One sure-fire cure for depression

The current debate in The Netherlands around doctor-assisted suicide for depression sends a shiver down my spine. It’s all been triggered by a controversial new clinic, the pragmatically named Life-Ending Clinic, which is now proudly ending the lives of people with chronic depression. Clinic Director, Steven Pleiter, has said:

“We consider it self-evident that someone who is terminal can turn to euthanasia. Now we are entering a phase in which there will be more debate about about patients who are not terminally ill, among them psychiatric patients…” 

A jaunty press release from the clinic stated ‘The figures over 2013 show a strong growth of euthanasia in these groups’ (referring to those with dementia and psychiatric problems). If that kind of marketing sound-bite doesn’t raise a red flag for you, I suggest you look into your heart and see whether some small part of it hasn’t turned to stone. For when the day comes that business models and growth projections are applied to the practice of killing our fellow humans, we have truly turned out all the lights on truth and dignity.

Picture the scene: a board meeting at the Life-Ending Clinic, with share-holders seeking higher return on investment and demanding a greater recruitment drive from administrators, setting targets for increasing ‘customer buy-in’; the advertising agencies weighing in, the PR machine cranking up, twisting and distorting the minds of those whose minds are most vulnerable.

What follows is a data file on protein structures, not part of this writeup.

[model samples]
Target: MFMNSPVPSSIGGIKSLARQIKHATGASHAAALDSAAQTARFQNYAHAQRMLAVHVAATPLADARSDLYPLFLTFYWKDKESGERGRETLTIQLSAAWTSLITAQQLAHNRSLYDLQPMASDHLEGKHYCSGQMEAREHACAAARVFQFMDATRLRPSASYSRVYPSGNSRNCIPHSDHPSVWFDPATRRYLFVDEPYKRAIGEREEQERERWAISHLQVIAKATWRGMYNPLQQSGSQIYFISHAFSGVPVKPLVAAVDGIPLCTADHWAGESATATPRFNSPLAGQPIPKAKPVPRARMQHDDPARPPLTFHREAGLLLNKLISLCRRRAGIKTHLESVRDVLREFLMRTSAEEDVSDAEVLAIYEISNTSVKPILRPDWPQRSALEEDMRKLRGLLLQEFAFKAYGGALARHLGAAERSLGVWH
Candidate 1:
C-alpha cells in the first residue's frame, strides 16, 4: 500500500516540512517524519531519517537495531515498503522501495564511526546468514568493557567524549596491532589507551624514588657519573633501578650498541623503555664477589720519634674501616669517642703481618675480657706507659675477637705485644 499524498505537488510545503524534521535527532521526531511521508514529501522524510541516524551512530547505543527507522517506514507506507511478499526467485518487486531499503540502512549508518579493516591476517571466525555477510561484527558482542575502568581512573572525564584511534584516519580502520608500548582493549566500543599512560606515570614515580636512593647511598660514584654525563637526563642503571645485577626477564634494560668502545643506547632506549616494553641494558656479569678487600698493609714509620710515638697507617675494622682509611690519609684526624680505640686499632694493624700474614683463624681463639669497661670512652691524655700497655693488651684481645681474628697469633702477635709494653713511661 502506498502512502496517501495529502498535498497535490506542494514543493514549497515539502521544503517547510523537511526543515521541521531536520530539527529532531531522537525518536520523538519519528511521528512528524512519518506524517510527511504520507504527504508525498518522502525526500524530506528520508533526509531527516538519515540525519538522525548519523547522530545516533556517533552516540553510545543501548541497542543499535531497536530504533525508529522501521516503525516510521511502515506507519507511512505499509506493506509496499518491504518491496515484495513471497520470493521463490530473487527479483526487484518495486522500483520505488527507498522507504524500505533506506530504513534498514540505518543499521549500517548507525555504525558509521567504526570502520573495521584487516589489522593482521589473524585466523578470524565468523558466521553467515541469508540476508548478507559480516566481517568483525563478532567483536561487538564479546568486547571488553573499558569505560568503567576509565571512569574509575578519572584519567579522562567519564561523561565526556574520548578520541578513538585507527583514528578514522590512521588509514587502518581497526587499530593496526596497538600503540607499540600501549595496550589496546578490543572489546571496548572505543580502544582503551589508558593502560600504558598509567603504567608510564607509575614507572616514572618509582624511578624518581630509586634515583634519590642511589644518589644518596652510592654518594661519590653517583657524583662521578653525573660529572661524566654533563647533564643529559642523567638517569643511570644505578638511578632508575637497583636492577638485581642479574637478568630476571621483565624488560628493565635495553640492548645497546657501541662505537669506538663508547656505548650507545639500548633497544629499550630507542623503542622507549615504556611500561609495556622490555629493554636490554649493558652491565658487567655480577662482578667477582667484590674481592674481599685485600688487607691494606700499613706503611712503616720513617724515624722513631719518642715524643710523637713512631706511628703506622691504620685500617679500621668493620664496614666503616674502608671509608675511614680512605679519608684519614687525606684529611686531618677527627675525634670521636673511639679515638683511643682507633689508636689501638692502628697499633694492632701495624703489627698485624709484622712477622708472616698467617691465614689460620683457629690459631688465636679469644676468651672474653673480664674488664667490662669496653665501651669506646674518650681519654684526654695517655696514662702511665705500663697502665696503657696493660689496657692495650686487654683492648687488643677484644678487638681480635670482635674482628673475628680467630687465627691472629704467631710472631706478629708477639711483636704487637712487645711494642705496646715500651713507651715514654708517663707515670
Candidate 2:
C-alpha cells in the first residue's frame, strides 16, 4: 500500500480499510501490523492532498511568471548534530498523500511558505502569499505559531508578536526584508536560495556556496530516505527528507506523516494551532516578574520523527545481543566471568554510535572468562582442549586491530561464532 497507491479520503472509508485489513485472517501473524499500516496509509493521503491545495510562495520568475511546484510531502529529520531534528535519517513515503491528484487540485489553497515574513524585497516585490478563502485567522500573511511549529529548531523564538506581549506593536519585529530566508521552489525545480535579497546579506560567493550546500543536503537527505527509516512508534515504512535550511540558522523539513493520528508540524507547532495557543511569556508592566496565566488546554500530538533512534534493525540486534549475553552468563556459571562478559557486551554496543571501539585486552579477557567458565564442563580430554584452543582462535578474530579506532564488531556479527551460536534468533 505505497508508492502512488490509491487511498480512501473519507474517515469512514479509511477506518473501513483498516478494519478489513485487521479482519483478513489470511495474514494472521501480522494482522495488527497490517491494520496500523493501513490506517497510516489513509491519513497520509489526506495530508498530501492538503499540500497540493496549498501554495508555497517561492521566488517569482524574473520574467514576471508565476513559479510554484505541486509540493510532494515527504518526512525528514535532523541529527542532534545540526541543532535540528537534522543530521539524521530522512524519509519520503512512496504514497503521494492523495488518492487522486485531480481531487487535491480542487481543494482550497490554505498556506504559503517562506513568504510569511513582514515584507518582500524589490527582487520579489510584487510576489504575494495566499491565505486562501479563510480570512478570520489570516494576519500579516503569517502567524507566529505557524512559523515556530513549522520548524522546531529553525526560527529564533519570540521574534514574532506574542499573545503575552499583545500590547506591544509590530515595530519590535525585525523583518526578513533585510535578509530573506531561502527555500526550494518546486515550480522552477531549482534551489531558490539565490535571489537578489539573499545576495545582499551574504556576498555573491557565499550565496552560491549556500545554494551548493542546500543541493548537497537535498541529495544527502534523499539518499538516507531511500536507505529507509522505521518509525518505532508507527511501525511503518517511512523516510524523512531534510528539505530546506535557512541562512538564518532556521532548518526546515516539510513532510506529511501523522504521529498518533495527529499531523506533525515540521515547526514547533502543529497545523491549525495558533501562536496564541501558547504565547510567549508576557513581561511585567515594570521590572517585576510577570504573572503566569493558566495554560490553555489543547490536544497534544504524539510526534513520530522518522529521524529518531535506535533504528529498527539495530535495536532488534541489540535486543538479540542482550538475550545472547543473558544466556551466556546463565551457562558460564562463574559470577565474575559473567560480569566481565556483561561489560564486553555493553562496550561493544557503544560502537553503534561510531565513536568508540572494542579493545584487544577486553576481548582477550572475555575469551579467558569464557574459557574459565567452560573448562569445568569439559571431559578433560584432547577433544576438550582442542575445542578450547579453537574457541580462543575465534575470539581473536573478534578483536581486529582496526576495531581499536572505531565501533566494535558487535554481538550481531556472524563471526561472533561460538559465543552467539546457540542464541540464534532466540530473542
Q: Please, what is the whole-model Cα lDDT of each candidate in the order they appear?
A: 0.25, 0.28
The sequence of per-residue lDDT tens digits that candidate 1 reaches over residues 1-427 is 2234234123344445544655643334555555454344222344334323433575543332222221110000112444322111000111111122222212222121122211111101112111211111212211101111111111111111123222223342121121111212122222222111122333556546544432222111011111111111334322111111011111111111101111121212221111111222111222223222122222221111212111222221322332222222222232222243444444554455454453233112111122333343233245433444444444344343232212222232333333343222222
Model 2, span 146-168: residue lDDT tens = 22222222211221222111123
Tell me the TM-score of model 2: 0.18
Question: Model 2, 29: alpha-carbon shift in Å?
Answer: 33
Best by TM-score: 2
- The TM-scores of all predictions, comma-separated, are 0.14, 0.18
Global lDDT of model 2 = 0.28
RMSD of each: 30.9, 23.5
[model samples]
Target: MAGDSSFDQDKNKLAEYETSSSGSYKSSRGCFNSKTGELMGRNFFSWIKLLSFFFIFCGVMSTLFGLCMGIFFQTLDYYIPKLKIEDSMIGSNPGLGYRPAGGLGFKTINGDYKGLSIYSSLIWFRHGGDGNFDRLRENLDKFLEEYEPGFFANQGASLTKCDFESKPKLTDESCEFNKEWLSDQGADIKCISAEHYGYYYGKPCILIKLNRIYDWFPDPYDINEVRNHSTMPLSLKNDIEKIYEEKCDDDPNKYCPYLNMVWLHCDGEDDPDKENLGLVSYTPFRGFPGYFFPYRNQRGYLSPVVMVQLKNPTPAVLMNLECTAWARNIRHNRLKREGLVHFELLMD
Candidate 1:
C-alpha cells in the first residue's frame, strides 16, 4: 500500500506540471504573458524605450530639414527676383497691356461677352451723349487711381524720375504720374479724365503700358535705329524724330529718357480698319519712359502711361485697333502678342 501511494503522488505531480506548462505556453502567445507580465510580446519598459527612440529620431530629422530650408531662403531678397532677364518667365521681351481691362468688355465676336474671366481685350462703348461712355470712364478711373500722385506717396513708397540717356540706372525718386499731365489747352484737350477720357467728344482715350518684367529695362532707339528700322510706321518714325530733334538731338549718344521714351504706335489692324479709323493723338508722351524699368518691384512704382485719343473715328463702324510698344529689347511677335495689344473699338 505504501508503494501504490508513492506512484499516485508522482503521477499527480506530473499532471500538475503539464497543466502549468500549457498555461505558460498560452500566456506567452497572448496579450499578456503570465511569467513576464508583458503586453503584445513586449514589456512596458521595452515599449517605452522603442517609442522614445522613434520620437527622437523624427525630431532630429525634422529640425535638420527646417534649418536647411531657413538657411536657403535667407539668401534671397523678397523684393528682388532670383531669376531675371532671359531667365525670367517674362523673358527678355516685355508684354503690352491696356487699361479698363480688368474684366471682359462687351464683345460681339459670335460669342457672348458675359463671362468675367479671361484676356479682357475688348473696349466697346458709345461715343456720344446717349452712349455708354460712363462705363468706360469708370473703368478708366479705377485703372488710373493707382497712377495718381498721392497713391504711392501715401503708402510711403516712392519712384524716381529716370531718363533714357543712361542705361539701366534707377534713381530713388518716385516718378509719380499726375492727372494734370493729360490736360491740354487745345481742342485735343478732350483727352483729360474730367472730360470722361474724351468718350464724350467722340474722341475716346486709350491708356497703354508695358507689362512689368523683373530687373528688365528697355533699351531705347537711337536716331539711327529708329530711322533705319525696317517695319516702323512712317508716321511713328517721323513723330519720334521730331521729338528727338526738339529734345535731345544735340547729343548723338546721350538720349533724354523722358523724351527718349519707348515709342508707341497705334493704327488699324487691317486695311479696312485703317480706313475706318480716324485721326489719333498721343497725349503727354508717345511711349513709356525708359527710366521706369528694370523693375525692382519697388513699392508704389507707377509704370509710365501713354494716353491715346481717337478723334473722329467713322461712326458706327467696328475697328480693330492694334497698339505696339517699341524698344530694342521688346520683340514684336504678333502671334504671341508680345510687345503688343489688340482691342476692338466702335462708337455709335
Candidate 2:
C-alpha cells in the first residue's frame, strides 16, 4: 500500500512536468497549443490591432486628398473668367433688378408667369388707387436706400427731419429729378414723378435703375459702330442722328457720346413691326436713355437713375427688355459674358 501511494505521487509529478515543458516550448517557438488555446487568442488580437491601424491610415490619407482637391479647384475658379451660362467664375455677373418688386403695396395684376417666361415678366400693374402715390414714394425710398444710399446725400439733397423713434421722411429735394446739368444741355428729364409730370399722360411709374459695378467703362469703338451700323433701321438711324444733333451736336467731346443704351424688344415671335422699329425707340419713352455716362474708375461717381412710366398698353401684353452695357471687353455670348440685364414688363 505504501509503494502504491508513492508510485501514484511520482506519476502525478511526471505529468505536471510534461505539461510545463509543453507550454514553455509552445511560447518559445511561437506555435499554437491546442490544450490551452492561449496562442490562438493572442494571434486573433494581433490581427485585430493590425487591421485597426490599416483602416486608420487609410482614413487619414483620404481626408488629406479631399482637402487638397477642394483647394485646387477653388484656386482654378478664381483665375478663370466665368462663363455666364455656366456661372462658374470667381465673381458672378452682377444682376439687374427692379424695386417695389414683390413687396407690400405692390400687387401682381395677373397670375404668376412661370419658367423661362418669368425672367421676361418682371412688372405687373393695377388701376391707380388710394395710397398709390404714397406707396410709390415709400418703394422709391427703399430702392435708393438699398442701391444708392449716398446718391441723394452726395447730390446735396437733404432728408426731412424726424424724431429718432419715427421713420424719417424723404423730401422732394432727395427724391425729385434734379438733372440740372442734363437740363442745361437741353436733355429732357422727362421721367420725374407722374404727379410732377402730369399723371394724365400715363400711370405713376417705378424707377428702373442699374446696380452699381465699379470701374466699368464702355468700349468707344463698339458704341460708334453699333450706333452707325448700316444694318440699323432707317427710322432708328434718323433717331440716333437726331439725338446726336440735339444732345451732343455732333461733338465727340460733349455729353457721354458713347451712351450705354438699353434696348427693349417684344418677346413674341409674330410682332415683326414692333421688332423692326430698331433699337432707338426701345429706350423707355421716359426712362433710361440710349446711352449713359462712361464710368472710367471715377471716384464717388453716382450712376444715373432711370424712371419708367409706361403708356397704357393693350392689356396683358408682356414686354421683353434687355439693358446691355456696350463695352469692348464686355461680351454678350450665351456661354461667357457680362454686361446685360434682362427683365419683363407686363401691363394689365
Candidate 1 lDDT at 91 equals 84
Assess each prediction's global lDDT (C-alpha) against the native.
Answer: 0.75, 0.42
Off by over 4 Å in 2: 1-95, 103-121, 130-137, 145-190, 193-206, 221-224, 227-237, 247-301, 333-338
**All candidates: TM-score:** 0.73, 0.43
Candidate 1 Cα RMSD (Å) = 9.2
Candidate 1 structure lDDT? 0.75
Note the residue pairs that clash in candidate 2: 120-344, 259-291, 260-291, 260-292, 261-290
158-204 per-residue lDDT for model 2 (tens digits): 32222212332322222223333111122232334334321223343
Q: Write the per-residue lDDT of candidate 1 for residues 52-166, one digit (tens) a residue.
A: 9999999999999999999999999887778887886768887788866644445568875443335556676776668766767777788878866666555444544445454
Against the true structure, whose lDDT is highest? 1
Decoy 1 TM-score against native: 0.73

The Dutch legalised euthanasia in 2001 The law, as implemented back then, allowed doctors to end the lives of patients, but only in close consultation family physicians who had known the patient over many years. Termination of life was intended to be limited to those with ‘unbearable and hopeless suffering’ who were in full command of their mental faculties and had no hope of relief.

Compare this model to one highly publicised case last year in which the Life-Ending Clinic terminated the life of a 63 year-old man described as having severe psychiatric problems. The customer in question, after an active career in government, could not face the prospect of his up-coming retirement. Gerty Casteelen, the clinic’s psychiatrist, told Dutch newspaper NRC Handelsblad that the man:

“…managed to convince me that it was impossible for him to go on. He was all alone in the world. He’d never had a partner. He did have a family but was not in touch with them. It was almost like he’d never developed as a person. He felt like he didn’t have the right to live. His self-hatred was all consuming.”  

Hey Gerty, well that sounds like a good reason to bump him off then, doesn’t it? Maybe your October quota was a little shy of where it needed to be and, well, it must be awful to be in such a terrible position in life, mustn’t it? This sounds conspicuously like a man who needed help dealing with some very painful realities and feelings, but not a man who needed to be enabled to die.

We were warned, weren’t we, that legalising euthanasia was the thin end of the wedge. And with moves afoot to allow the depressed to choose to die, it would appear that we that we are now boldly scaling that wedge, with barely a ‘by your leave’. Anyone who knows anything about depression knows that it is often a wake-up call for a need to change, a precursor, when handled effectively, to a richer and more profound experience of life. Not only that, but those who have been depressed are graced with an empathy, an ability to help others which is a benefit and a gift.

It would appear that the Culture of Death is playing some serious trump cards. But the game isn’t over yet.

Written by Jacqui Hogan